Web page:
Euramerica

From Wikipedia, the free encyclopedia
Jump to: navigation, search

Euramerica (also known as Laurussia which is not to be confused with Laurasia, the Old Red Continent or the Old Red Sandstone Continent) was a minor supercontinent created in the Devonian as the result of a collision between the Laurentian, Baltica, and Avalonia cratons during the Caledonian orogeny, about 410 million years ago. In the Late Carboniferous, tropical rainforests lay over the equator of Euramerica. A major, abrupt change in vegetation occurred when the climate aridified, the forest fragmented and the lycopsids which dominated these wetlands thinned out, being replaced by opportunistic ferns. There was also a great loss of amphibian diversity and simultaneously the drier climate spurred the diversification of reptiles.[1]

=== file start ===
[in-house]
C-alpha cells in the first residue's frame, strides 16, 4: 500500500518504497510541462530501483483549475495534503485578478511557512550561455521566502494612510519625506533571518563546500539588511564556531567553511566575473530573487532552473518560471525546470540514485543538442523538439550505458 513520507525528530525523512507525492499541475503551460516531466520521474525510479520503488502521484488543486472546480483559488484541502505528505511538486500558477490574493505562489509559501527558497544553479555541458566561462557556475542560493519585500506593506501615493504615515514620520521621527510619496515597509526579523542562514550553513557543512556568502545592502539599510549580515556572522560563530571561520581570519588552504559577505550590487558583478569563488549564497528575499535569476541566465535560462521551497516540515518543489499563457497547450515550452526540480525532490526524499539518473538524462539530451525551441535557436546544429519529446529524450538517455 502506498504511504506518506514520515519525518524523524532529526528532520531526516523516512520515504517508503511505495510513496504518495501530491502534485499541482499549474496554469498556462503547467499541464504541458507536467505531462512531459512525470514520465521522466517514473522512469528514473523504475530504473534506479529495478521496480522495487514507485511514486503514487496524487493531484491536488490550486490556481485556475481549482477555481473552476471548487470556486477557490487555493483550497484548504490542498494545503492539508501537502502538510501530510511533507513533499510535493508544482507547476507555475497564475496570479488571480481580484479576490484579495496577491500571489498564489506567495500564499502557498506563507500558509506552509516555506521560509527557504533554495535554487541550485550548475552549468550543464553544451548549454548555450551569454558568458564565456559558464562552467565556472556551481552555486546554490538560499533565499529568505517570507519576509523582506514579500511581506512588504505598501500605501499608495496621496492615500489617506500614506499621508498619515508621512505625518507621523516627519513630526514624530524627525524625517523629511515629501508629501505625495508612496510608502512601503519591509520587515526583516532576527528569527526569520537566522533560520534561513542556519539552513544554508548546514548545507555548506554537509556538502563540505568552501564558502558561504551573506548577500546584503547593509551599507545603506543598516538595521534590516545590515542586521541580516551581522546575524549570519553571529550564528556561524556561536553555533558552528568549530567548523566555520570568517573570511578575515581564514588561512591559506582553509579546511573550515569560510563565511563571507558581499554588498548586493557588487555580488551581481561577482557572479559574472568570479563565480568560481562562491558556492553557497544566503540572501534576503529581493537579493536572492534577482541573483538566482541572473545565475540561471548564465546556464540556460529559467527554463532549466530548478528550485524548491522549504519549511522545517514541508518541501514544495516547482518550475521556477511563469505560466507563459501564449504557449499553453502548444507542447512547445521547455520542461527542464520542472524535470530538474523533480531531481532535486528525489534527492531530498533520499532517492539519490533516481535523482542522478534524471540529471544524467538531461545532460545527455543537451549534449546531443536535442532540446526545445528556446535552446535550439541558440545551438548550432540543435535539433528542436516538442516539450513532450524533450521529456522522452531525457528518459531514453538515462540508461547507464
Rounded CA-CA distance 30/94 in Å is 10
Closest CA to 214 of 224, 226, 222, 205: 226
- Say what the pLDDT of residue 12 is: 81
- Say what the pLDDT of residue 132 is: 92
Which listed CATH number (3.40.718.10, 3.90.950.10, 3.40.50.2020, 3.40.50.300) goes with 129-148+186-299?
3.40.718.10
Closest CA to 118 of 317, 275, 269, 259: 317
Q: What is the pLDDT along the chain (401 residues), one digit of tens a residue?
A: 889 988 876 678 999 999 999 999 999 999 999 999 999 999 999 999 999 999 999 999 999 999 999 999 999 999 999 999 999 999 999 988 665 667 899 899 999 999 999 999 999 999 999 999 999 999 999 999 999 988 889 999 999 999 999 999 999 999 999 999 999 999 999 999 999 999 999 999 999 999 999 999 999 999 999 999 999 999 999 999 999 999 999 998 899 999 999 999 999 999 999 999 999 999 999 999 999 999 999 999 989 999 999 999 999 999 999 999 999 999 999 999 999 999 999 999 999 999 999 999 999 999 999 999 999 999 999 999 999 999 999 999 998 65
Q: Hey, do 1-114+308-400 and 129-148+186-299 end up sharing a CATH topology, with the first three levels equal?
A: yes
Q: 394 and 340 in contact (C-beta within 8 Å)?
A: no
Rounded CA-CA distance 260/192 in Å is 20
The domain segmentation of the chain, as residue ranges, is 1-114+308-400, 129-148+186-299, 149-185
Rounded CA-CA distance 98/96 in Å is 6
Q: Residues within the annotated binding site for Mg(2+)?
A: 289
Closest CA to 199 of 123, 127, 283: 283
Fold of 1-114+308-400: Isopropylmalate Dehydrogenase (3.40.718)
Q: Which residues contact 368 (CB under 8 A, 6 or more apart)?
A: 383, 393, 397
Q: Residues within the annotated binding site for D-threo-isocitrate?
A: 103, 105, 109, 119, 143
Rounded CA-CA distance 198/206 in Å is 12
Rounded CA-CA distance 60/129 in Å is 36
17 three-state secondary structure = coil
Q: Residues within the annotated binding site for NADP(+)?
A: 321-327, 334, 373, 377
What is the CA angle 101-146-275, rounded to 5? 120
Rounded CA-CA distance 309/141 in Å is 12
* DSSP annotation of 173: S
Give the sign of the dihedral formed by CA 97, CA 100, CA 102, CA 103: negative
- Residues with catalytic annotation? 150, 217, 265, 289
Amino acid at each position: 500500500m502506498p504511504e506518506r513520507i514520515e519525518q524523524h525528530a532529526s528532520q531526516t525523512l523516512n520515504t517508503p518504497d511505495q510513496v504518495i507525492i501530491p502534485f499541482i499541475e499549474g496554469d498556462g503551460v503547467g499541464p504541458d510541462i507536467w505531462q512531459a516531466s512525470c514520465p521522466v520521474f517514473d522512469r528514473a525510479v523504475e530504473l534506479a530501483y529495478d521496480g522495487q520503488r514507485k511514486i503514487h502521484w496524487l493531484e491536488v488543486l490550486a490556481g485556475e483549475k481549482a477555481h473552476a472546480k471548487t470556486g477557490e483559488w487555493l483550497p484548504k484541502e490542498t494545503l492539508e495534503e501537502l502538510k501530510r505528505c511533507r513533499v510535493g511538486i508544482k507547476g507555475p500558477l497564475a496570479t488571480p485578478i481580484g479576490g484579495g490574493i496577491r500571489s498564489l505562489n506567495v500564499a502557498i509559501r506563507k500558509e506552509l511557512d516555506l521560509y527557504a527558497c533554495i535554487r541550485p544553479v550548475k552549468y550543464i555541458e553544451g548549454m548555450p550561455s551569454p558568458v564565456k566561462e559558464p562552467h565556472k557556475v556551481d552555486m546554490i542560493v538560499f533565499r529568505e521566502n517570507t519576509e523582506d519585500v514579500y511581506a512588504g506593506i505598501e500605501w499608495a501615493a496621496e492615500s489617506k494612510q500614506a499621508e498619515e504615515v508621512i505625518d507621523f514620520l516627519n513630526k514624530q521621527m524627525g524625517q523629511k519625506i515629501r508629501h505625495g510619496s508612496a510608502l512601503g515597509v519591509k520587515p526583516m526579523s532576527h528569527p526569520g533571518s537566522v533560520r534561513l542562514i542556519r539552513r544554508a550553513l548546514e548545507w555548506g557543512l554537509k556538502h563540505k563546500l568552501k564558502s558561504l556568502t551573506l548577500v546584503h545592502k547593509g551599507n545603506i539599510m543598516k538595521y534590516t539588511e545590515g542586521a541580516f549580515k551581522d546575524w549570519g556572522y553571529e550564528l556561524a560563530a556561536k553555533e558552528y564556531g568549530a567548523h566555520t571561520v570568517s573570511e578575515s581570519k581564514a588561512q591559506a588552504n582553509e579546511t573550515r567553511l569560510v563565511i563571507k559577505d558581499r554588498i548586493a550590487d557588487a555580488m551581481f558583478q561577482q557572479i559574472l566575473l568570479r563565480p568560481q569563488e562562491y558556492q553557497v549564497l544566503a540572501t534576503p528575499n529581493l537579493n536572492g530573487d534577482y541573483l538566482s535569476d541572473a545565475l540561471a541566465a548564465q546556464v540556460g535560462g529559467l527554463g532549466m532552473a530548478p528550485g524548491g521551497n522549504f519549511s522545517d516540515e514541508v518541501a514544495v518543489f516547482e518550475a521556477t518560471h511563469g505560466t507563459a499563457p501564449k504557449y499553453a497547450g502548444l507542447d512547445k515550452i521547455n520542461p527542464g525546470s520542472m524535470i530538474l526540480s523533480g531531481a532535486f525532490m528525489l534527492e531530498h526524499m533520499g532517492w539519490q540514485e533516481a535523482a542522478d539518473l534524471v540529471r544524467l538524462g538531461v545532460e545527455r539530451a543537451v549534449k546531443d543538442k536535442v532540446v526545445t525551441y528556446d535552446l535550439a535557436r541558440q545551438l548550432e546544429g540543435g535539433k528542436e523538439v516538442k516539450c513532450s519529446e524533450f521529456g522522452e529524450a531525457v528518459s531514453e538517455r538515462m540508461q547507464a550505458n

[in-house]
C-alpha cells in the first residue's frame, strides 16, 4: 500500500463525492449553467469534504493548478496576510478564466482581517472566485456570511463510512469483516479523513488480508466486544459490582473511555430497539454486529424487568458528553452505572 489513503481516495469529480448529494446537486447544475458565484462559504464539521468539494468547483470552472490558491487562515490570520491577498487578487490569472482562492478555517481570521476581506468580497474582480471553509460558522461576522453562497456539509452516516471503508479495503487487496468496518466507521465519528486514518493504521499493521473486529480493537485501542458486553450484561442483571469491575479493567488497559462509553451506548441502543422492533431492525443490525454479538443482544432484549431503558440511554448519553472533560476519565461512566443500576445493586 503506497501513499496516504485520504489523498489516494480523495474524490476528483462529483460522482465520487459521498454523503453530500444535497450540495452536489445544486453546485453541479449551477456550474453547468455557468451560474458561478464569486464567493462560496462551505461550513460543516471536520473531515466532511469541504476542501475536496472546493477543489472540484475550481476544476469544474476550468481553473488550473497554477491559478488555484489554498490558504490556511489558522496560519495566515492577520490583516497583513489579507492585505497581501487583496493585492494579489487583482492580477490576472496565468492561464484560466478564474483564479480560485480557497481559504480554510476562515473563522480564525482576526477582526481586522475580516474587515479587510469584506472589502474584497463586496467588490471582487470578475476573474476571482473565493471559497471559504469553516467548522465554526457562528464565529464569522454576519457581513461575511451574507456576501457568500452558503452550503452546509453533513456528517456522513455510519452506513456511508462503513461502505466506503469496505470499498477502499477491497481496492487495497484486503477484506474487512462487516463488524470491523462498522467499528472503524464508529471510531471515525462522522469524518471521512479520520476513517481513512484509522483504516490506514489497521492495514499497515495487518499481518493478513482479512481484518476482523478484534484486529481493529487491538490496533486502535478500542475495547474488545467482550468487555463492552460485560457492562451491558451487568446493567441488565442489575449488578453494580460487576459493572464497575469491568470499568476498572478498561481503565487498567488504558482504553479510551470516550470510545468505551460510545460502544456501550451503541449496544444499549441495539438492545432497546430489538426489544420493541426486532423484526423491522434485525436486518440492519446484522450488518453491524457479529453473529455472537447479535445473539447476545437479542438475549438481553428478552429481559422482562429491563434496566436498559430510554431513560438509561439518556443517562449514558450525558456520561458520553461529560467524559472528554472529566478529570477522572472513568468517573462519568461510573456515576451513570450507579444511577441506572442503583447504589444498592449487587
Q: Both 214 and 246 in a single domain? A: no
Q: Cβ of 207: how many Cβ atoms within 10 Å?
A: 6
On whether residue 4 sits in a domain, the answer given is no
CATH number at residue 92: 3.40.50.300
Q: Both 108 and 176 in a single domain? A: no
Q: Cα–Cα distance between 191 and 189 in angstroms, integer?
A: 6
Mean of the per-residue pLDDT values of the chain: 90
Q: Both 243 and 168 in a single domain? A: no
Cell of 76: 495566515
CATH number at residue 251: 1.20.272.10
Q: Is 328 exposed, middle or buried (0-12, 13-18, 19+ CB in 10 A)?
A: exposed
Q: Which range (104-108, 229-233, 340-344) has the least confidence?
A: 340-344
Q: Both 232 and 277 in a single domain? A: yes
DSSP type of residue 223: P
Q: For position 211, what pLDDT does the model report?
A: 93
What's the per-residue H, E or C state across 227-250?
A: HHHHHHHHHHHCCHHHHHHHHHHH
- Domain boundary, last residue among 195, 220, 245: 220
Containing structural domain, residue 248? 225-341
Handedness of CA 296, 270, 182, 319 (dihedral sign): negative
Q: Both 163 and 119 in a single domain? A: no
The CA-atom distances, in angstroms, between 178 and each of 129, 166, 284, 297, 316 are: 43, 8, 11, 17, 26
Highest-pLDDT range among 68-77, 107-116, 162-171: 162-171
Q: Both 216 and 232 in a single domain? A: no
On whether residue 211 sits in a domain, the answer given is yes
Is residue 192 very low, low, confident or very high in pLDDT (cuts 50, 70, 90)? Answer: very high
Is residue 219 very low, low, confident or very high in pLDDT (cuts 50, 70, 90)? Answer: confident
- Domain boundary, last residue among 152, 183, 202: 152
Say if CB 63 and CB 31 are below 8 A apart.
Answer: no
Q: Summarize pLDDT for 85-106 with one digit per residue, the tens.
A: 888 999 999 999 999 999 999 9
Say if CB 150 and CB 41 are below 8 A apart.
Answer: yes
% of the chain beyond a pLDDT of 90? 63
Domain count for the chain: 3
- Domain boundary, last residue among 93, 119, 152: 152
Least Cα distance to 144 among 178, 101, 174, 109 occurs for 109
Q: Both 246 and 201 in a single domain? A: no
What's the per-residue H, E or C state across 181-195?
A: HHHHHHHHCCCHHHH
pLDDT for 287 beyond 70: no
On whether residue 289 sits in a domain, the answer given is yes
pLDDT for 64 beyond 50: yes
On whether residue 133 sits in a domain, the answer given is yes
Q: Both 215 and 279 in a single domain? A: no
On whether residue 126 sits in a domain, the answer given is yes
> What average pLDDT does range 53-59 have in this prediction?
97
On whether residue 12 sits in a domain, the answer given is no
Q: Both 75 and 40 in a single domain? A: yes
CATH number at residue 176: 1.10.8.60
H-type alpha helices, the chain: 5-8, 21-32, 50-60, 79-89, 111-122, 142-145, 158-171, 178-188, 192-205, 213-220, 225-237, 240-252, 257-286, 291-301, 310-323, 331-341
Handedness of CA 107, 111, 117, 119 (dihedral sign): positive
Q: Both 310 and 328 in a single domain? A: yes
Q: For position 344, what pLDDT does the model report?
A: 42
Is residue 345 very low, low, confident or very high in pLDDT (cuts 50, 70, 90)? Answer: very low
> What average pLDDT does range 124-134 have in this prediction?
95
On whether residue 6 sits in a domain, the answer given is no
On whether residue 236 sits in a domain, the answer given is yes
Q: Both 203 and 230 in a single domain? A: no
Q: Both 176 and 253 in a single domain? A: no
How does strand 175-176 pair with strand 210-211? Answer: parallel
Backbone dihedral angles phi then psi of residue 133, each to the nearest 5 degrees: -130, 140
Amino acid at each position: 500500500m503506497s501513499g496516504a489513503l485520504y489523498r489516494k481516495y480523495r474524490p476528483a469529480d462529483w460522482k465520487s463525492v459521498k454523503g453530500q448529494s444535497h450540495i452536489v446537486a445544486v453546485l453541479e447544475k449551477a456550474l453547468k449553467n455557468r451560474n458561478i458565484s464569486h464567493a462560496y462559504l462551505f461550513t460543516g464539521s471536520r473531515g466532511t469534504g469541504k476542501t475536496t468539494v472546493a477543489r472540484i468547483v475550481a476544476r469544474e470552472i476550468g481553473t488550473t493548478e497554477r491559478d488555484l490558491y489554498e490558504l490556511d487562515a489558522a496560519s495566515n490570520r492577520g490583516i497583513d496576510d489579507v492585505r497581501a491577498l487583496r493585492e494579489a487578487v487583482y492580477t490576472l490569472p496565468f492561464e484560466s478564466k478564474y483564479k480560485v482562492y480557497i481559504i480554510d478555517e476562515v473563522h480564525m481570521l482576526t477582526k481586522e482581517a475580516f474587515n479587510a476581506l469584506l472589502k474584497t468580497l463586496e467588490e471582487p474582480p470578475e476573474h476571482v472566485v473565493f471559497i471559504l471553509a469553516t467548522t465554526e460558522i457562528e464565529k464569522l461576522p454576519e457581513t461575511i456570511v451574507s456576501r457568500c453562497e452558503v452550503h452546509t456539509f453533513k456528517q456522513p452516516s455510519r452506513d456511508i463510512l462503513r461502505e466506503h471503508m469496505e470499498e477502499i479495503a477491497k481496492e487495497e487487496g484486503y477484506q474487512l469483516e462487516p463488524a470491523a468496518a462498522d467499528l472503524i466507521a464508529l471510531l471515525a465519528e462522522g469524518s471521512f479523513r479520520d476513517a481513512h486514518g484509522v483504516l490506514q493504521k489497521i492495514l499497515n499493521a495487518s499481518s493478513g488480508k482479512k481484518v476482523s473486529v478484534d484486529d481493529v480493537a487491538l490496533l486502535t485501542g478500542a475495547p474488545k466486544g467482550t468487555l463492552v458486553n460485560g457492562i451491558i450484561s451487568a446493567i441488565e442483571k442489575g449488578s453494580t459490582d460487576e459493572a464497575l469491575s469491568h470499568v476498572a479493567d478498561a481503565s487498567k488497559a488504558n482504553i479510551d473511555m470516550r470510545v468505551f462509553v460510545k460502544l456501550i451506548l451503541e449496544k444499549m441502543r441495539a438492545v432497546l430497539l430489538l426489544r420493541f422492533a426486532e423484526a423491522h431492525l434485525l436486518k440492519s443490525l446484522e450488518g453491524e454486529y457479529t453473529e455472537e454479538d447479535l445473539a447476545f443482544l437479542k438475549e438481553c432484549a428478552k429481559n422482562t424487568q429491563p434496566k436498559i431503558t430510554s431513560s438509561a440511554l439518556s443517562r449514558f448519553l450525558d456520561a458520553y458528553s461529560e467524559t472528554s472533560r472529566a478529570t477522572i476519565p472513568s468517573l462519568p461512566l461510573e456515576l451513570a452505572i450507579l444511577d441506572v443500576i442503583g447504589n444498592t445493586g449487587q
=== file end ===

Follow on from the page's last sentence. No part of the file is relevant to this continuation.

Extent[edit]

Euramerica in the Devonian

Euramerica became a part of the major supercontinent Pangaea in the Permian; in the Jurassic, when Pangaea rifted into two continents, Gondwana and Laurasia, Euramerica was a part of Laurasia.

In the Cretaceous, Laurasia split into the continents of North America and Eurasia, the Laurentian craton became a part of North America while Baltica became a part of Eurasia, and Avalonia was split between the two.

Events by period[edit]

See also[edit]

References[edit]

  1. ^ Sahney, Sarda; Benton, Michael J.; Falcon-Lang, Howard J. (2010). "Rainforest collapse triggered Pennsylvanian tetrapod diversification in Euramerica" (PDF). Geology. 38 (12): 1079–1082. doi:10.1130/G31182.1. 
  2. ^ "3. New Frontiers". Miracle Planet. National Board of Film (Canada) and NHK (Japan). 2006. Discovery Channel. 

External links[edit]